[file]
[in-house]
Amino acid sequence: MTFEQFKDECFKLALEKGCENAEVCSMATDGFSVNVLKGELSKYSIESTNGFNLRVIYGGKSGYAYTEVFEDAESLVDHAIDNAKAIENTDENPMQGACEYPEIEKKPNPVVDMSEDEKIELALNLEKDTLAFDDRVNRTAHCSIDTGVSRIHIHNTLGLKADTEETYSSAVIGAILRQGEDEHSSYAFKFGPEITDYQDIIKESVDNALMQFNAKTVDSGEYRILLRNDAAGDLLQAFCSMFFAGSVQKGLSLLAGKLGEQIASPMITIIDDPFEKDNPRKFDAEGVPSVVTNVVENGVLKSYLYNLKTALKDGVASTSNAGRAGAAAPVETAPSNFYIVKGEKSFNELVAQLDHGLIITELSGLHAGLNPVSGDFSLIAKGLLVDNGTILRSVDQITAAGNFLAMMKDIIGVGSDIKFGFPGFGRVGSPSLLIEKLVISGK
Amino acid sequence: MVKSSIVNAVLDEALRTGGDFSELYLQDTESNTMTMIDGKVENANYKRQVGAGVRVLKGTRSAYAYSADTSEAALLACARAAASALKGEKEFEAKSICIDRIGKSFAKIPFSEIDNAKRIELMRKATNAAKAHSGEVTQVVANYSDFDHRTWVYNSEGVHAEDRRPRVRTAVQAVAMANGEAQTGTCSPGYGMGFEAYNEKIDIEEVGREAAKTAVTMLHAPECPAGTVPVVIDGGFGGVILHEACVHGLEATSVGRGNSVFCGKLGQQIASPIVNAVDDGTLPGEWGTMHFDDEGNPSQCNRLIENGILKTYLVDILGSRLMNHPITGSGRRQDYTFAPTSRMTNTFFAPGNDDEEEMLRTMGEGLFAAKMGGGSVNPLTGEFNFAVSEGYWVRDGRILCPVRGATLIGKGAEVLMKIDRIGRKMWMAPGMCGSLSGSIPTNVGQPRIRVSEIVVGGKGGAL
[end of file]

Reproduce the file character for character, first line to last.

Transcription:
[in-house]
Amino acid sequence: MTFEQFKDECFKLALEKGCENAEVCSMATDGFSVNVLKGELSKYSIESTNGFNLRVIYGGKSGYAYTEVFEDAESLVDHAIDNAKAIENTDENPMQGACEYPEIEKKPNPVVDMSEDEKIELALNLEKDTLAFDDRVNRTAHCSIDTGVSRIHIHNTLGLKADTEETYSSAVIGAILRQGEDEHSSYAFKFGPEITDYQDIIKESVDNALMQFNAKTVDSGEYRILLRNDAAGDLLQAFCSMFFAGSVQKGLSLLAGKLGEQIASPMITIIDDPFEKDNPRKFDAEGVPSVVTNVVENGVLKSYLYNLKTALKDGVASTSNAGRAGAAAPVETAPSNFYIVKGEKSFNELVAQLDHGLIITELSGLHAGLNPVSGDFSLIAKGLLVDNGTILRSVDQITAAGNFLAMMKDIIGVGSDIKFGFPGFGRVGSPSLLIEKLVISGK
Amino acid sequence: MVKSSIVNAVLDEALRTGGDFSELYLQDTESNTMTMIDGKVENANYKRQVGAGVRVLKGTRSAYAYSADTSEAALLACARAAASALKGEKEFEAKSICIDRIGKSFAKIPFSEIDNAKRIELMRKATNAAKAHSGEVTQVVANYSDFDHRTWVYNSEGVHAEDRRPRVRTAVQAVAMANGEAQTGTCSPGYGMGFEAYNEKIDIEEVGREAAKTAVTMLHAPECPAGTVPVVIDGGFGGVILHEACVHGLEATSVGRGNSVFCGKLGQQIASPIVNAVDDGTLPGEWGTMHFDDEGNPSQCNRLIENGILKTYLVDILGSRLMNHPITGSGRRQDYTFAPTSRMTNTFFAPGNDDEEEMLRTMGEGLFAAKMGGGSVNPLTGEFNFAVSEGYWVRDGRILCPVRGATLIGKGAEVLMKIDRIGRKMWMAPGMCGSLSGSIPTNVGQPRIRVSEIVVGGKGGAL